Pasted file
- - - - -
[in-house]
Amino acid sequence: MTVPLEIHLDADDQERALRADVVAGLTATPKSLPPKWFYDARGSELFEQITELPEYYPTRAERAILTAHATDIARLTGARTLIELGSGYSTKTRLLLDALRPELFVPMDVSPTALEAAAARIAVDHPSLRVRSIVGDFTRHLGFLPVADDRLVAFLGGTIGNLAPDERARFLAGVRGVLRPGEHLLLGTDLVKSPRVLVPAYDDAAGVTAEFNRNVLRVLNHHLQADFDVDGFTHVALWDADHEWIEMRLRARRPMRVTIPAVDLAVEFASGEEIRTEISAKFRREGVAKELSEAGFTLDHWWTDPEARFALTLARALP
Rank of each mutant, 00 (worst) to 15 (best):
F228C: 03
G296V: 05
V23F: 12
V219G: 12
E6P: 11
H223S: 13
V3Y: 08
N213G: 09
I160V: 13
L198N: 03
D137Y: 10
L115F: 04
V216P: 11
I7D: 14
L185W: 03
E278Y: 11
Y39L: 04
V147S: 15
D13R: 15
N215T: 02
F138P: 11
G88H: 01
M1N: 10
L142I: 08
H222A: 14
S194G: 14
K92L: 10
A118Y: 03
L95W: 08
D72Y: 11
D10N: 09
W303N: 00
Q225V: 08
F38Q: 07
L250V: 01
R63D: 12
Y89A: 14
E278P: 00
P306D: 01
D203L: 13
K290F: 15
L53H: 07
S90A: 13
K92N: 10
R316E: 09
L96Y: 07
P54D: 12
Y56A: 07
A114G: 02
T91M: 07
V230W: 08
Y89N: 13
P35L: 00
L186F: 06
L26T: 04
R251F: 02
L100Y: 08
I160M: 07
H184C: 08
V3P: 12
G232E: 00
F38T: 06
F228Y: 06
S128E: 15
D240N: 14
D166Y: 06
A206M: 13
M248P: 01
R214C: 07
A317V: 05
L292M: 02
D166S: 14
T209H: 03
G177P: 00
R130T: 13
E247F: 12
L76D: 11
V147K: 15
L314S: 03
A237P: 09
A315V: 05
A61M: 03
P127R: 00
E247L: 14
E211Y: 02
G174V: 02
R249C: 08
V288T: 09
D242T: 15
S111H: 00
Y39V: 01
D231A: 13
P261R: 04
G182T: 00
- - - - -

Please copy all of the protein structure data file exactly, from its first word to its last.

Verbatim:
[in-house]
Amino acid sequence: MTVPLEIHLDADDQERALRADVVAGLTATPKSLPPKWFYDARGSELFEQITELPEYYPTRAERAILTAHATDIARLTGARTLIELGSGYSTKTRLLLDALRPELFVPMDVSPTALEAAAARIAVDHPSLRVRSIVGDFTRHLGFLPVADDRLVAFLGGTIGNLAPDERARFLAGVRGVLRPGEHLLLGTDLVKSPRVLVPAYDDAAGVTAEFNRNVLRVLNHHLQADFDVDGFTHVALWDADHEWIEMRLRARRPMRVTIPAVDLAVEFASGEEIRTEISAKFRREGVAKELSEAGFTLDHWWTDPEARFALTLARALP
Rank of each mutant, 00 (worst) to 15 (best):
F228C: 03
G296V: 05
V23F: 12
V219G: 12
E6P: 11
H223S: 13
V3Y: 08
N213G: 09
I160V: 13
L198N: 03
D137Y: 10
L115F: 04
V216P: 11
I7D: 14
L185W: 03
E278Y: 11
Y39L: 04
V147S: 15
D13R: 15
N215T: 02
F138P: 11
G88H: 01
M1N: 10
L142I: 08
H222A: 14
S194G: 14
K92L: 10
A118Y: 03
L95W: 08
D72Y: 11
D10N: 09
W303N: 00
Q225V: 08
F38Q: 07
L250V: 01
R63D: 12
Y89A: 14
E278P: 00
P306D: 01
D203L: 13
K290F: 15
L53H: 07
S90A: 13
K92N: 10
R316E: 09
L96Y: 07
P54D: 12
Y56A: 07
A114G: 02
T91M: 07
V230W: 08
Y89N: 13
P35L: 00
L186F: 06
L26T: 04
R251F: 02
L100Y: 08
I160M: 07
H184C: 08
V3P: 12
G232E: 00
F38T: 06
F228Y: 06
S128E: 15
D240N: 14
D166Y: 06
A206M: 13
M248P: 01
R214C: 07
A317V: 05
L292M: 02
D166S: 14
T209H: 03
G177P: 00
R130T: 13
E247F: 12
L76D: 11
V147K: 15
L314S: 03
A237P: 09
A315V: 05
A61M: 03
P127R: 00
E247L: 14
E211Y: 02
G174V: 02
R249C: 08
V288T: 09
D242T: 15
S111H: 00
Y39V: 01
D231A: 13
P261R: 04
G182T: 00